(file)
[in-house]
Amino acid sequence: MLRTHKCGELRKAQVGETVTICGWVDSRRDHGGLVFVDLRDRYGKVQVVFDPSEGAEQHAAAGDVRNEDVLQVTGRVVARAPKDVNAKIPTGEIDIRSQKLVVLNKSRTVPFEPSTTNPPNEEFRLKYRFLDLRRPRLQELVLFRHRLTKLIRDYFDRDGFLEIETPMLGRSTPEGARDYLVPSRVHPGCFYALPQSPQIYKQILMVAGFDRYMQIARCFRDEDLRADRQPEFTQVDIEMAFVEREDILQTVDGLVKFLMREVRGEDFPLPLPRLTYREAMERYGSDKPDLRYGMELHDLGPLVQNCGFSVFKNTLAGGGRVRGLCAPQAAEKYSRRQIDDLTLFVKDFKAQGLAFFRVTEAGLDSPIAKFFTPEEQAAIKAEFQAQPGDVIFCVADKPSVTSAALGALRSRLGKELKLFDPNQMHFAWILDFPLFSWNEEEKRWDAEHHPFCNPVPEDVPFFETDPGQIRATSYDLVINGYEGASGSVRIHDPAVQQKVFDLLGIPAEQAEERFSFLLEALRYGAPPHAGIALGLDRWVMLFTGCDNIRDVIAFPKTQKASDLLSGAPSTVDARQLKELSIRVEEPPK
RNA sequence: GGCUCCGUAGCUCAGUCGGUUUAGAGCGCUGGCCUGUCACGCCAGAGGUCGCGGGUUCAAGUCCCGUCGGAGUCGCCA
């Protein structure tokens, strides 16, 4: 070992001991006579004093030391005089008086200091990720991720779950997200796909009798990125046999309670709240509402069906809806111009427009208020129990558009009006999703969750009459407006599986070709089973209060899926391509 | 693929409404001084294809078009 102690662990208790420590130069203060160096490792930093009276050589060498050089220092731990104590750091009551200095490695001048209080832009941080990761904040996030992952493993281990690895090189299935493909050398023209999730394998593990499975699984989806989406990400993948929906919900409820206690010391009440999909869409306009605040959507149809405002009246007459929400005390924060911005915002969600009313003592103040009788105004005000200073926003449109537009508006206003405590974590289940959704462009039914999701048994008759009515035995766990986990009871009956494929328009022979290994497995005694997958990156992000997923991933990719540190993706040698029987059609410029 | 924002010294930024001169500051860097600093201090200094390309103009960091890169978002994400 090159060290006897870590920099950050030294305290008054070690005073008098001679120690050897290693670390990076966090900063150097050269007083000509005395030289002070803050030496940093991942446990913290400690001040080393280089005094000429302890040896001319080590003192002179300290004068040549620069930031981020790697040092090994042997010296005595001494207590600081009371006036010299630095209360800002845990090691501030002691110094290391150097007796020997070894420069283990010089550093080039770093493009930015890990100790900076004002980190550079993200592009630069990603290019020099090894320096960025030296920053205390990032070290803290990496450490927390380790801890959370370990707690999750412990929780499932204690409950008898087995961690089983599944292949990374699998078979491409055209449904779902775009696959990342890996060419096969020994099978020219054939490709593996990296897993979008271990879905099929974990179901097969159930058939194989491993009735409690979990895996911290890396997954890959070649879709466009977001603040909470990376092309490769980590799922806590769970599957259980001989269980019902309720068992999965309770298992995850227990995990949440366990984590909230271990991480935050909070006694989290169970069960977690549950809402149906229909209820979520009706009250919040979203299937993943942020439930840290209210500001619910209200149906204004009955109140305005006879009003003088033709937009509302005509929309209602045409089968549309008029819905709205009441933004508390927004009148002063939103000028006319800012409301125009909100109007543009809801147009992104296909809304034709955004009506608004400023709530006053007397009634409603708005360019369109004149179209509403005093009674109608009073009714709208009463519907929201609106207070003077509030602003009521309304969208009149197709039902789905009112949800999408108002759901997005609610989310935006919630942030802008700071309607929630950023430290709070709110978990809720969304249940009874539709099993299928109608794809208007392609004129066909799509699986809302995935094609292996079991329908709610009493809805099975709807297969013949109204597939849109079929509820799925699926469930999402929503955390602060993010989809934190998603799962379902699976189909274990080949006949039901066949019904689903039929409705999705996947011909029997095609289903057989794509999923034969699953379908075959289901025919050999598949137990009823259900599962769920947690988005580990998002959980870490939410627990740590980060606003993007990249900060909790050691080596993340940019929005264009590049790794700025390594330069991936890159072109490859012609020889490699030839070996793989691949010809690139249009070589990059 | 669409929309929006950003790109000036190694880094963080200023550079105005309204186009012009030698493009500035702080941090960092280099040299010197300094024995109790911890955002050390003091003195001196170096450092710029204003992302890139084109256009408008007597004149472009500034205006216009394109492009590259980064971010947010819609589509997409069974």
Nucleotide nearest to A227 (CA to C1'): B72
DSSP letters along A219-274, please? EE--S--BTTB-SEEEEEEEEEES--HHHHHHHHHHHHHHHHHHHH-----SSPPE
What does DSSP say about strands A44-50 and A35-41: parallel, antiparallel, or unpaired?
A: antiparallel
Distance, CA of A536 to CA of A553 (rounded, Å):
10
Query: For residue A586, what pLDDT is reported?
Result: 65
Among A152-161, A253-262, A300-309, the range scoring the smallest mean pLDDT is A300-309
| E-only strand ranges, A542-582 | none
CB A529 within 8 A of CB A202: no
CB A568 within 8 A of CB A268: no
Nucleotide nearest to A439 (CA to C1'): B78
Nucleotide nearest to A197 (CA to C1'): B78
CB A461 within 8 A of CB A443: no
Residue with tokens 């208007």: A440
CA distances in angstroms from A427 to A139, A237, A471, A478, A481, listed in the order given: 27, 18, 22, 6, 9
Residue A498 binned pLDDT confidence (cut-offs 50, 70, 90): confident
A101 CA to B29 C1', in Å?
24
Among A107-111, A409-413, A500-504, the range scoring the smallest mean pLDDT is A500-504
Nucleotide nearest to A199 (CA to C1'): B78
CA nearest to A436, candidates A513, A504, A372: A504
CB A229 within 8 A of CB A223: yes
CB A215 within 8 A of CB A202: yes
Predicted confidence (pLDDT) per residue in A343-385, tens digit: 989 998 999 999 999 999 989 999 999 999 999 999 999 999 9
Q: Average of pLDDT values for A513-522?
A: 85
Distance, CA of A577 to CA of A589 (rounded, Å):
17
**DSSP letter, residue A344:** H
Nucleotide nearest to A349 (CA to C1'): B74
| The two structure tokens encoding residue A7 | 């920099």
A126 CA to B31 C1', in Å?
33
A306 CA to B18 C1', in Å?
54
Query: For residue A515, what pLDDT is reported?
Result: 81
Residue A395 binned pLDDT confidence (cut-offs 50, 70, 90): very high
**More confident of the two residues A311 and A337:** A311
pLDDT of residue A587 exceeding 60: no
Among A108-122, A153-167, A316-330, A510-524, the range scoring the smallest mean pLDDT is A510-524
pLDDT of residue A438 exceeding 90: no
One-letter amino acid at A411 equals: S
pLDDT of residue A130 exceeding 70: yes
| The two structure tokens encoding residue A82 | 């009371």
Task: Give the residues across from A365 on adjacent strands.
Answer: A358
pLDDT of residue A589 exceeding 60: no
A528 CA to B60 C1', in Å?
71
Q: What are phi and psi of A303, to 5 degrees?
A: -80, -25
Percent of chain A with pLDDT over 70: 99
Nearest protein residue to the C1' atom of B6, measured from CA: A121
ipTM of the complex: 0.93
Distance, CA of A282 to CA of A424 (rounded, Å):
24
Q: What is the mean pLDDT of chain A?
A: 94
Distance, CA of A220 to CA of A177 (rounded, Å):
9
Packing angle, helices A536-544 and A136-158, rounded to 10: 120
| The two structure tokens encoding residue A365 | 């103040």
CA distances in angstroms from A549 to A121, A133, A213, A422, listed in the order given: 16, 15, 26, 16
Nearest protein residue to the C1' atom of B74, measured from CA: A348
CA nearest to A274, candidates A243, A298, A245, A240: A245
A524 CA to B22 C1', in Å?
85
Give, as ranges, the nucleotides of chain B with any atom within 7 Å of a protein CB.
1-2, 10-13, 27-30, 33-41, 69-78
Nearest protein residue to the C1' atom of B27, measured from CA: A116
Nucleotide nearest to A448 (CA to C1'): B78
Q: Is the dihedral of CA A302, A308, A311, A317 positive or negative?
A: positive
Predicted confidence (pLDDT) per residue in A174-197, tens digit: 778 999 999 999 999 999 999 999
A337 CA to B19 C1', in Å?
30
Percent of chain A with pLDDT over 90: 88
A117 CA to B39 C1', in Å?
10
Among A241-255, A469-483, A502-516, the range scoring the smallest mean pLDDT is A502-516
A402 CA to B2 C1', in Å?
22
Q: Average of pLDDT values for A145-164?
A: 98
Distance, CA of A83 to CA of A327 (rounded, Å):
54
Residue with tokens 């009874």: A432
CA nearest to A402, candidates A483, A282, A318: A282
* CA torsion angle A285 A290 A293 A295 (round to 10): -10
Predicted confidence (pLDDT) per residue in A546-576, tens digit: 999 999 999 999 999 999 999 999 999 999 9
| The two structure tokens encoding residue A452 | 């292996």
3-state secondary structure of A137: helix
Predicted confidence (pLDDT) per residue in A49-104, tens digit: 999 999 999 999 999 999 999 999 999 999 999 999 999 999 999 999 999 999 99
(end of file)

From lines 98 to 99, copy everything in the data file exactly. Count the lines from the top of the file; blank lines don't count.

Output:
| The two structure tokens encoding residue A452 | 């292996």
3-state secondary structure of A137: helix